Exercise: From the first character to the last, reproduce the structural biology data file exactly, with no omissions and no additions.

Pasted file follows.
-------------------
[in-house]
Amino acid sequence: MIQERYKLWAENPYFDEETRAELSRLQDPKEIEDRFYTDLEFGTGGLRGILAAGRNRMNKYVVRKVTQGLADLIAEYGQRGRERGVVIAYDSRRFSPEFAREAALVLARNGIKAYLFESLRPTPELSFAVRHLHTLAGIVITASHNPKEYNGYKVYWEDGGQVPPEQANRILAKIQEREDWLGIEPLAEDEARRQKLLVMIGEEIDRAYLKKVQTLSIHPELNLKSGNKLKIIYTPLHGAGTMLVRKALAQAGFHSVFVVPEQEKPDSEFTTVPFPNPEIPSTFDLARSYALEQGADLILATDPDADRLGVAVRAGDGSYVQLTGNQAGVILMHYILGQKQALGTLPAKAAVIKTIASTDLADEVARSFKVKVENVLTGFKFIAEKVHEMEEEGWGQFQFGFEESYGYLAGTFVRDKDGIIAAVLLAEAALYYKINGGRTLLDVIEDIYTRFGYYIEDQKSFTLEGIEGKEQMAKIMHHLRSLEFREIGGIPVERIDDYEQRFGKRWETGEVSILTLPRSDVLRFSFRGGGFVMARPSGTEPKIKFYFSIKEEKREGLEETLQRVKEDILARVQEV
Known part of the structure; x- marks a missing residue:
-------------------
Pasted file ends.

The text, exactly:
[in-house]
Amino acid sequence: MIQERYKLWAENPYFDEETRAELSRLQDPKEIEDRFYTDLEFGTGGLRGILAAGRNRMNKYVVRKVTQGLADLIAEYGQRGRERGVVIAYDSRRFSPEFAREAALVLARNGIKAYLFESLRPTPELSFAVRHLHTLAGIVITASHNPKEYNGYKVYWEDGGQVPPEQANRILAKIQEREDWLGIEPLAEDEARRQKLLVMIGEEIDRAYLKKVQTLSIHPELNLKSGNKLKIIYTPLHGAGTMLVRKALAQAGFHSVFVVPEQEKPDSEFTTVPFPNPEIPSTFDLARSYALEQGADLILATDPDADRLGVAVRAGDGSYVQLTGNQAGVILMHYILGQKQALGTLPAKAAVIKTIASTDLADEVARSFKVKVENVLTGFKFIAEKVHEMEEEGWGQFQFGFEESYGYLAGTFVRDKDGIIAAVLLAEAALYYKINGGRTLLDVIEDIYTRFGYYIEDQKSFTLEGIEGKEQMAKIMHHLRSLEFREIGGIPVERIDDYEQRFGKRWETGEVSILTLPRSDVLRFSFRGGGFVMARPSGTEPKIKFYFSIKEEKREGLEETLQRVKEDILARVQEV
Known part of the structure; x- marks a missing residue: